Baz Luhrmann’s The Get Down, the most expensive production in Netflix history, is the story of a group of teenagers growing up in the South Bronx in 1977, the epicenter of the birth of hip-hop culture. The parties from that era were the major events of the scene, where every aspect of the emerging community came together. Those parties didn’t favor street art over music, or dancing over rhyming, they were all-inclusive and the flyers represented that inclusiveness. The unique visual language of the flyer created a common context to celebrate and promote not just the people and personalities, but the entire culture that was just beginning to define itself.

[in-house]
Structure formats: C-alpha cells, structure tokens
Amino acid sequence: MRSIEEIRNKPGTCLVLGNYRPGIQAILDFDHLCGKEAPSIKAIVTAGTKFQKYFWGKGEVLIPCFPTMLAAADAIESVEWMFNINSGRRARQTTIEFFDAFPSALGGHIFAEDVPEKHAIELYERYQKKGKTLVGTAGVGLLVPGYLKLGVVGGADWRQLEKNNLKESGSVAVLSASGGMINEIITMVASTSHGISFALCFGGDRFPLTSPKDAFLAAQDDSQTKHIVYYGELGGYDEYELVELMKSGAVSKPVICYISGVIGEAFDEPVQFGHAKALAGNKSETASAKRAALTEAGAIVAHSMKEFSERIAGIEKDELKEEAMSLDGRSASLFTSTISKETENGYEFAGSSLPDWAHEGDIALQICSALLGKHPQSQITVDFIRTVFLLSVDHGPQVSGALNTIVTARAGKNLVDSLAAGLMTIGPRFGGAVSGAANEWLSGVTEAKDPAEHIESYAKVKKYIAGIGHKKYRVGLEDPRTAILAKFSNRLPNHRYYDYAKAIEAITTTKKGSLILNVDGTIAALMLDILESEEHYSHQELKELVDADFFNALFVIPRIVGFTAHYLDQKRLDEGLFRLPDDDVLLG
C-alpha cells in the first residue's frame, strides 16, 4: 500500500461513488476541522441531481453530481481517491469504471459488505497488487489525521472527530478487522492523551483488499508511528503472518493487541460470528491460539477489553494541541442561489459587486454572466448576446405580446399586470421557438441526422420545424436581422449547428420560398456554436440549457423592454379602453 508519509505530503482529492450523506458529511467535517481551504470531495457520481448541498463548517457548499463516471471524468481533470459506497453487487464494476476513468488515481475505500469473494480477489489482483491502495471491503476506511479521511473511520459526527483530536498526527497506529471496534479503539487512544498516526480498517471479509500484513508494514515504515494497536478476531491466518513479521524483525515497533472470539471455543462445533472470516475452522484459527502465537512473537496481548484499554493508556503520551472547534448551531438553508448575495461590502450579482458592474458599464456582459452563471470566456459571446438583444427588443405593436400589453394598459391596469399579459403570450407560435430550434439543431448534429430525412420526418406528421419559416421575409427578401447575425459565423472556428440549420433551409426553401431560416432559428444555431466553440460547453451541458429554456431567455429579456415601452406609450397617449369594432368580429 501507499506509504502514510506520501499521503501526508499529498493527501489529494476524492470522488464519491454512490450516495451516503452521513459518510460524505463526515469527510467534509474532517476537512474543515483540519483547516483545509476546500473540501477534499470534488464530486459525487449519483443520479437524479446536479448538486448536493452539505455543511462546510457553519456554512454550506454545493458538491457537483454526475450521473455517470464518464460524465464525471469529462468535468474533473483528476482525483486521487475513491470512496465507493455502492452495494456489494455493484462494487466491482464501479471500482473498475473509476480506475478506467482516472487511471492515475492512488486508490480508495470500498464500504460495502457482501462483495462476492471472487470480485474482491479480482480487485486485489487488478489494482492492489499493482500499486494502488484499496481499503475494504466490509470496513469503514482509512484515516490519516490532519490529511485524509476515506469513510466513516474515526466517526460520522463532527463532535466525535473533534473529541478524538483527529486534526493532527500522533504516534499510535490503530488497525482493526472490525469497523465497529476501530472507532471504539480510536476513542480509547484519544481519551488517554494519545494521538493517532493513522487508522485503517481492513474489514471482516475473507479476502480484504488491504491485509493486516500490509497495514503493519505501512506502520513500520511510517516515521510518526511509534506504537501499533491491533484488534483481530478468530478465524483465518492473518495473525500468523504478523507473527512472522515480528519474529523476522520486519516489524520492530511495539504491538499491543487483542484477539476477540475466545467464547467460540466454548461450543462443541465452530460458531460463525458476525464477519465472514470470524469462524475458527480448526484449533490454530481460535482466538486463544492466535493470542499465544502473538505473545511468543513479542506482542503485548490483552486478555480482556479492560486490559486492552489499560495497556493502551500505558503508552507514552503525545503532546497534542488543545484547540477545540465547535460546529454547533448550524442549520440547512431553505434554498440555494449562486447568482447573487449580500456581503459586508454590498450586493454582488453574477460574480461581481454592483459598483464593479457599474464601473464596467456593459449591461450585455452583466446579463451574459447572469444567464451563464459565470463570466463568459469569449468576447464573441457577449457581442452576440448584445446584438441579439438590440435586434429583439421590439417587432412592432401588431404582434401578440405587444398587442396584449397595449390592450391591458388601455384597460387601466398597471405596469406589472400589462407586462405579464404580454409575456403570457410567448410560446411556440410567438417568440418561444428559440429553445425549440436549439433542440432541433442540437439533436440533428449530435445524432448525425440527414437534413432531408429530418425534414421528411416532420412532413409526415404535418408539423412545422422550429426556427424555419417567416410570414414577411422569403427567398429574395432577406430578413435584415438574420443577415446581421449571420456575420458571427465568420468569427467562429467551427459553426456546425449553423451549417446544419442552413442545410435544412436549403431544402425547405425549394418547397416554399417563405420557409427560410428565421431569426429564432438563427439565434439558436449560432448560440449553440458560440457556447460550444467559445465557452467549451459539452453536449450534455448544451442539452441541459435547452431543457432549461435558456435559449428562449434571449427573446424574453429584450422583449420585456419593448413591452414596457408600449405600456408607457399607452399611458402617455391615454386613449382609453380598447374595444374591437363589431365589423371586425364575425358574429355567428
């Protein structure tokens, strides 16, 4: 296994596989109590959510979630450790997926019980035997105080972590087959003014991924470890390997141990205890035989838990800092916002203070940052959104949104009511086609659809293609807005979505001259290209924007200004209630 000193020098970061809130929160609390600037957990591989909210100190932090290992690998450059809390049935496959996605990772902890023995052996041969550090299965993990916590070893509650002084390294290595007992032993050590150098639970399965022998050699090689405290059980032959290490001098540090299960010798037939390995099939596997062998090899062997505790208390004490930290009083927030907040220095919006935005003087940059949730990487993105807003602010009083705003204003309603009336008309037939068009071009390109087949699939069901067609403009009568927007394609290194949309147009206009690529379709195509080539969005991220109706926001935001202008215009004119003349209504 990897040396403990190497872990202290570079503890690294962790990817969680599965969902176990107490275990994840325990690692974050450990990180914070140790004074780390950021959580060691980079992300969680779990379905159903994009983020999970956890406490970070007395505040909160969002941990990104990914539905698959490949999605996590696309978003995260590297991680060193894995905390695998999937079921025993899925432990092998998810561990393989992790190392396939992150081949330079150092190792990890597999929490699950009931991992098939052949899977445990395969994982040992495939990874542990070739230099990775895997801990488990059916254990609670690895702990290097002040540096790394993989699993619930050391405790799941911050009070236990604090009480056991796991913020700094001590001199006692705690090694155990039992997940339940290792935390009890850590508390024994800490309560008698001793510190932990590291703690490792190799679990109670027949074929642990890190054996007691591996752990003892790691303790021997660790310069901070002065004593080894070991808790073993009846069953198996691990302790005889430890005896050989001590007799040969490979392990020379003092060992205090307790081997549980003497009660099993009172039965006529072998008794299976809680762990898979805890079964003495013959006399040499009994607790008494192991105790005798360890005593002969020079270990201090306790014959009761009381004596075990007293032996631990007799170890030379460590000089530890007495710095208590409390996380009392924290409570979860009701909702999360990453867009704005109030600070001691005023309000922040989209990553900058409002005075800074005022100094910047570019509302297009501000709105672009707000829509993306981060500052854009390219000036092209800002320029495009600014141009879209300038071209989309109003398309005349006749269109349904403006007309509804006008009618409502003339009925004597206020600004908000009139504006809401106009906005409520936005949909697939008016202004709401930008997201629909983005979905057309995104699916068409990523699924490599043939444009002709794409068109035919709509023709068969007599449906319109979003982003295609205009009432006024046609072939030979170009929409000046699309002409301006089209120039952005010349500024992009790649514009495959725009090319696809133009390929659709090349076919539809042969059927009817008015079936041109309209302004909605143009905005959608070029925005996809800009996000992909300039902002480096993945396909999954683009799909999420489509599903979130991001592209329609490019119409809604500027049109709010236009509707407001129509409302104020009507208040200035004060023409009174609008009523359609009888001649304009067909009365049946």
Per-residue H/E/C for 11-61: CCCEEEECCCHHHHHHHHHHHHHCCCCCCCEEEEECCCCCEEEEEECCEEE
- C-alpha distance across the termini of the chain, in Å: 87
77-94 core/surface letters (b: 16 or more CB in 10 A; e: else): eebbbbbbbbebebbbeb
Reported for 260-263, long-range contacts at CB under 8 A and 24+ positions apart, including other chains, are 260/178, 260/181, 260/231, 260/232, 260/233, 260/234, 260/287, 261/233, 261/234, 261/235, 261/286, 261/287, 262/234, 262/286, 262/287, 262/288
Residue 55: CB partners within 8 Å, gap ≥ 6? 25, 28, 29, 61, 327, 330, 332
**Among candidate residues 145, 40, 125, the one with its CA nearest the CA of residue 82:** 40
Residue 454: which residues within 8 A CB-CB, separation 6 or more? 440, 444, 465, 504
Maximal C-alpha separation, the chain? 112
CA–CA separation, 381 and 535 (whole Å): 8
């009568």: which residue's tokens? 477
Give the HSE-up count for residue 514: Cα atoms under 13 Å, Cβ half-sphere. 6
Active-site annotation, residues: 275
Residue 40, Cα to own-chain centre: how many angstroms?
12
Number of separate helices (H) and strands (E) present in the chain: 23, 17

The Get Down is a show about that culture—that time, and that place. These designs for season one are an homage to those original flyers from the late 70s through the early 80s, designed by legends like Buddy Esquire (“The Flyer King”), Eddie Ed, A. Riley, Danny Tonge, Phase 2, but reinterpreted to complement Baz Luhrmann’s production.
The finishing stylistic touches on the work were developed in collaboration with Bazmark’s brilliant Catherine Martin.